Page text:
Test anxiety causes university students to underperform in their examinations. Discuss.

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This essay examines the relationship between test anxiety in university students
and their performance in examinations. Typically, universities use examinations
to test part or even all the knowledge of students, particularly in first-year
courses. As Burns (2004, p. 120) noted, examination results can determine if a
student passes a course or can progress onto further study, and may even
influence employment opportunities. Understandably, educators are concerned
that examinations are a fair indication of a student’s knowledge. One area of
special interest is the role anxiety plays in relation to examination performance.
This essay argues that in general, test anxiety lowers performance slightly,
although this is not evident in all situations, nor with all types of students.
Further, it is argued that the main mechanism for this result appears to be that
test anxiety leads to the development of interfering thoughts, which prevent a
proper focus on examination tasks. The essay also points out that although many
factors impact on examination performance, test anxiety is of particular interest
as it appears to lead directly to unfair results.
Test anxiety is normally understood as a form of debilitating anxiety, although
how it is measured varies. Early research indicated there were two forms of test
anxiety: facilitative and debilitative. Facilitative anxiety is understood as a type of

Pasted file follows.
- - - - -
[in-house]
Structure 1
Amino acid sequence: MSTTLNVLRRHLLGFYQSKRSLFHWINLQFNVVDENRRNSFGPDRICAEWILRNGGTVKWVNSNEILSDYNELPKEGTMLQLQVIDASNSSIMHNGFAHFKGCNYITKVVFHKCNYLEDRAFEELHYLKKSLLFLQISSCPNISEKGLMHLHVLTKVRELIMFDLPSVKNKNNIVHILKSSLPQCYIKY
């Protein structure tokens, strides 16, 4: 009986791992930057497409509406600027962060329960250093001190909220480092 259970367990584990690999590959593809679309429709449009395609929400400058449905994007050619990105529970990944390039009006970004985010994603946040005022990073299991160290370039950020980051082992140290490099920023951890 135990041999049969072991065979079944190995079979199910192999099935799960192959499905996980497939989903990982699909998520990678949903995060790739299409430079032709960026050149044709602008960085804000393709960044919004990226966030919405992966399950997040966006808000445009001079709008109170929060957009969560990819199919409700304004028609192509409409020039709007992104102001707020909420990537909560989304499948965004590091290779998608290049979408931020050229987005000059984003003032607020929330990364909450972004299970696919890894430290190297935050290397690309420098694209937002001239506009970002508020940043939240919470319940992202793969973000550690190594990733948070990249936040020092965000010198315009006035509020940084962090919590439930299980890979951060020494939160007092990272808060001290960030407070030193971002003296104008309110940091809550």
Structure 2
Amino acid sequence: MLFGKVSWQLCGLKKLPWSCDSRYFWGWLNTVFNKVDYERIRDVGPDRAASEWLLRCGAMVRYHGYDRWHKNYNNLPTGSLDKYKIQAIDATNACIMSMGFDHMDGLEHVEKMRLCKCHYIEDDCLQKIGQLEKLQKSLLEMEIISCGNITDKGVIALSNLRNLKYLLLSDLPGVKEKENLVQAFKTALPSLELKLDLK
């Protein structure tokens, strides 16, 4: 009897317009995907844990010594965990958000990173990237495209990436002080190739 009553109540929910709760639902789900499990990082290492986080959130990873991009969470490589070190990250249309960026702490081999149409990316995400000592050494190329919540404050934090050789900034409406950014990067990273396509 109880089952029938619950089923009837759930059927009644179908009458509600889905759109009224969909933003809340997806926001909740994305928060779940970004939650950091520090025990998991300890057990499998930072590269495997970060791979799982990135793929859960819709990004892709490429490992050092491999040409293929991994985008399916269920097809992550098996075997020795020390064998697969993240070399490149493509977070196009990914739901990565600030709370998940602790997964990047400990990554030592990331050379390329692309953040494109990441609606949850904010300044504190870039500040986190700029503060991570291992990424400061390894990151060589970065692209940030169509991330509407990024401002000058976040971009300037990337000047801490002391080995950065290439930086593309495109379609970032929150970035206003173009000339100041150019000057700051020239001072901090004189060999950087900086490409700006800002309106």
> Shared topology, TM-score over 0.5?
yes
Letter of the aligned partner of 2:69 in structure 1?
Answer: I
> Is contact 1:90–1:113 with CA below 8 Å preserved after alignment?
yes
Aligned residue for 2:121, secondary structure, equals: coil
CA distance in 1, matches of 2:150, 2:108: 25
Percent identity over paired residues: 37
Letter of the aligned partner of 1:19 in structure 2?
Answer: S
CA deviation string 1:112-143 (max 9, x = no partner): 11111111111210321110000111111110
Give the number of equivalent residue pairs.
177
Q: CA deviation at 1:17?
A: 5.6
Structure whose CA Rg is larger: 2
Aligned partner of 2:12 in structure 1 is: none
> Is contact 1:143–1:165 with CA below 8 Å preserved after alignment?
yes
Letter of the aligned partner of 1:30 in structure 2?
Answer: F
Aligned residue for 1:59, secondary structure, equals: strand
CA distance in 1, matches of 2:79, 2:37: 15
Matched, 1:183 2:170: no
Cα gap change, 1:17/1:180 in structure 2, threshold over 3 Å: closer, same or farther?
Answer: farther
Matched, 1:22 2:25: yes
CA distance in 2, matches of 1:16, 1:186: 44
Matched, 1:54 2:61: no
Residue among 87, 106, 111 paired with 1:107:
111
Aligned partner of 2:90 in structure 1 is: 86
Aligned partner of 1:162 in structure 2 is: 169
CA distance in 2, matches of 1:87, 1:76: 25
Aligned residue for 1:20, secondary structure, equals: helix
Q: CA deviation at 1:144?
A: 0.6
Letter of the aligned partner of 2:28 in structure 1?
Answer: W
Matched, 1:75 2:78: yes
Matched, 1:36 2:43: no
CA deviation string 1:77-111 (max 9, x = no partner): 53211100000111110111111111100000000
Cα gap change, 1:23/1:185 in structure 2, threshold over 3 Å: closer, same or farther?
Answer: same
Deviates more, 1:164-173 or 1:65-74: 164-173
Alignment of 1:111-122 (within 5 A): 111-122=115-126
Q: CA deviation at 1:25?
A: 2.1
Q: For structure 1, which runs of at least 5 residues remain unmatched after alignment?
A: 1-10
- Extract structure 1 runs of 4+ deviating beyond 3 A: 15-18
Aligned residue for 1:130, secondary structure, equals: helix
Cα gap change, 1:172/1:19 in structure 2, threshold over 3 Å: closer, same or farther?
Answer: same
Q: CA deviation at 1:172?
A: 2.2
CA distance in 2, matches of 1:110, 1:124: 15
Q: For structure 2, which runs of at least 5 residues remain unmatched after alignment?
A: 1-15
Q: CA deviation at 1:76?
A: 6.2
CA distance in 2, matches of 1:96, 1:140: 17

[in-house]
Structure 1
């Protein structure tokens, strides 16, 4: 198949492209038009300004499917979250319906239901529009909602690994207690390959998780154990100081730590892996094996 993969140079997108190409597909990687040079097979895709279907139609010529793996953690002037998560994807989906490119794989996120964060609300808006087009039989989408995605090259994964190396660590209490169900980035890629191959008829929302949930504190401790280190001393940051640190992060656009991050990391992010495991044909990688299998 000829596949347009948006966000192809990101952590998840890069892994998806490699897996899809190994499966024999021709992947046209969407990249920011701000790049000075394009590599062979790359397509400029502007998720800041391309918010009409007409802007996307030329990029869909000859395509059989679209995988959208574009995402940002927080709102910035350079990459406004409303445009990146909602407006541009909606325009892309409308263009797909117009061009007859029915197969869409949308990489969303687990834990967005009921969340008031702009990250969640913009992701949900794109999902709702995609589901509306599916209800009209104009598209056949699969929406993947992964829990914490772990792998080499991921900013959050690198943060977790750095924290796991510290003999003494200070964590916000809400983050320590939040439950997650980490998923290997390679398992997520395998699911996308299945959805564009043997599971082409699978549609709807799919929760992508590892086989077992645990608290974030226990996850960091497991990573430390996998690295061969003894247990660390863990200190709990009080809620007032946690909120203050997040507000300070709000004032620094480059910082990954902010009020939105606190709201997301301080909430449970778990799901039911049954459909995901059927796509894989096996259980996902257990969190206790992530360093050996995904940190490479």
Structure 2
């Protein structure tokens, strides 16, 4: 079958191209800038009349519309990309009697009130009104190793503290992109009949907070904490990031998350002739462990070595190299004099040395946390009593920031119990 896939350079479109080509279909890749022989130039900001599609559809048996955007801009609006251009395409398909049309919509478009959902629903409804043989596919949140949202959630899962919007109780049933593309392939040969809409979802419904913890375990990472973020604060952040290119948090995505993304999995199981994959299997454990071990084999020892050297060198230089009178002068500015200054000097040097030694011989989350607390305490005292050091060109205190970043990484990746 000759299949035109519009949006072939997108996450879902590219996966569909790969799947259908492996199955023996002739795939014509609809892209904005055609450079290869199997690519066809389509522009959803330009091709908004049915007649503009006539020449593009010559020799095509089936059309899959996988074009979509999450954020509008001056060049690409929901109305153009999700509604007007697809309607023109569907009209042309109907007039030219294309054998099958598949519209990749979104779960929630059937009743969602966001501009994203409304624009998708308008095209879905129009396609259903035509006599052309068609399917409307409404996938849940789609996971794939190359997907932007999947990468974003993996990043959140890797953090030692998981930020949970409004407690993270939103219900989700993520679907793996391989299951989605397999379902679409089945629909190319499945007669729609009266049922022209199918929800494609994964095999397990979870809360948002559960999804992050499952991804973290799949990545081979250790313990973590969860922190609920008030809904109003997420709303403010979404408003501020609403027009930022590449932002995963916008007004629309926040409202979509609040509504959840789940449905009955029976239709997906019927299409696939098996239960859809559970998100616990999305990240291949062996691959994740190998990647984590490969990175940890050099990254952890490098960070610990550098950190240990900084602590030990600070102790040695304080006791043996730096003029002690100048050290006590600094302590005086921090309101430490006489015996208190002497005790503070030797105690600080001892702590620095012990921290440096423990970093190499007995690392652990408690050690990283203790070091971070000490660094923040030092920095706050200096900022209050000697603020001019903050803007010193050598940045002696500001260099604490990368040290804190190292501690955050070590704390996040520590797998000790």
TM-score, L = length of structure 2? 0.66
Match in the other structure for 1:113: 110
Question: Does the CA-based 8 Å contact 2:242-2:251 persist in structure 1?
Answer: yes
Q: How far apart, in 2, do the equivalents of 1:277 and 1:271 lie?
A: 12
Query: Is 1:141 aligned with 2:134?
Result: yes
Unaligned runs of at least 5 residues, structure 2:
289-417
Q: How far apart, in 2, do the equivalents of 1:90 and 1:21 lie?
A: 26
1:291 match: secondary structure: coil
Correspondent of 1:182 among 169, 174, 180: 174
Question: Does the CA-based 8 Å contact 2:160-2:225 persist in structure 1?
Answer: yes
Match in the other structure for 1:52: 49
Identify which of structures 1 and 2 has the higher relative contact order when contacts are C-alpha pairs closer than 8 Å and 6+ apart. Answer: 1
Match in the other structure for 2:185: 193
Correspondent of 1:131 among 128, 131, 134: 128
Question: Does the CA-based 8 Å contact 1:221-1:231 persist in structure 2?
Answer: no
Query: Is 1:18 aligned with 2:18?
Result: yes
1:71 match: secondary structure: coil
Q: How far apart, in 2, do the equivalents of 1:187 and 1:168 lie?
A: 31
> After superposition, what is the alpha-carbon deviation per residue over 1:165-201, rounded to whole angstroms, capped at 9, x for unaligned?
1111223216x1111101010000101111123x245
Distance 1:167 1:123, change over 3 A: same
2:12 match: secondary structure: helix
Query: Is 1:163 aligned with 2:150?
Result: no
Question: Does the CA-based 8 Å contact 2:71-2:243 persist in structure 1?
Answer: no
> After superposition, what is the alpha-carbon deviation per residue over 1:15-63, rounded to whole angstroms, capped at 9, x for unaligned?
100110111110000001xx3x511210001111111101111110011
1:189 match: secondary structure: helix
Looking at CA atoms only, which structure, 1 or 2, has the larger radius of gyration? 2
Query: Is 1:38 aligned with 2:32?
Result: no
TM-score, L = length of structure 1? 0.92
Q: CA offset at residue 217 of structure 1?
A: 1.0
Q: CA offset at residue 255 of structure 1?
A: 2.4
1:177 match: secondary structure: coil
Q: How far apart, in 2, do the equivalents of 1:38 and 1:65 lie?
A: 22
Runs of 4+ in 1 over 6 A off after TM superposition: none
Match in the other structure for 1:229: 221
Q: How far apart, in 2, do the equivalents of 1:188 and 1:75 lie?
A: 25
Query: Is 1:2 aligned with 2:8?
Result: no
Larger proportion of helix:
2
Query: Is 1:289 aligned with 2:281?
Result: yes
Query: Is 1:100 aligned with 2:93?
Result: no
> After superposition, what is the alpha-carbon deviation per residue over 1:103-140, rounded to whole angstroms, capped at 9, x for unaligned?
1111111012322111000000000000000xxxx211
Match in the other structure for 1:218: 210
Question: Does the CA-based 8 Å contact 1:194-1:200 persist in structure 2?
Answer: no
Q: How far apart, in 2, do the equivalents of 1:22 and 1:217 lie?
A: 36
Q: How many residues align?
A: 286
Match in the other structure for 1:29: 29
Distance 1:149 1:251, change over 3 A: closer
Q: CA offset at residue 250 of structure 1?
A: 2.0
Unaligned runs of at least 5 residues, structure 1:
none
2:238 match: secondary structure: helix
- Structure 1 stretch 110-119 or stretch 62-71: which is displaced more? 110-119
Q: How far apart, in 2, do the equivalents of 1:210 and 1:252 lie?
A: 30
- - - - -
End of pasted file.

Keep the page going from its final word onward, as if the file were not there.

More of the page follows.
anxiety that students recognise as being helpful. For example, students answer
positively to a question such as “Nervousness during a test helps me to do
better” (Alpert & Haber, 1960, p. 213). Facilitative anxiety helps students
succeed and has been found to be present in students with better results in tests
of all kinds (Hembree, 1988, p. 59). However, since the 1960s, it is debilitative
anxiety that has come to be called ‘test anxiety’. It is defined by Sarason (1984)
as the anxiety experienced in “one important definable class of threatening
situations, those in which people are evaluated” (p. 929). Most researchers have
recognised that test anxiety is complex. It can involve a large range of features,
including thoughts, emotions, behaviours and body reactions such as tension or
headache (Sarason, 1984, p. 931). Following from the work of Liebert and Morris
(as cited in Hembree, 1988, p. 48) test anxiety has generally been examined in
terms of ‘worry’ or ‘emotionality’, or some extension of these.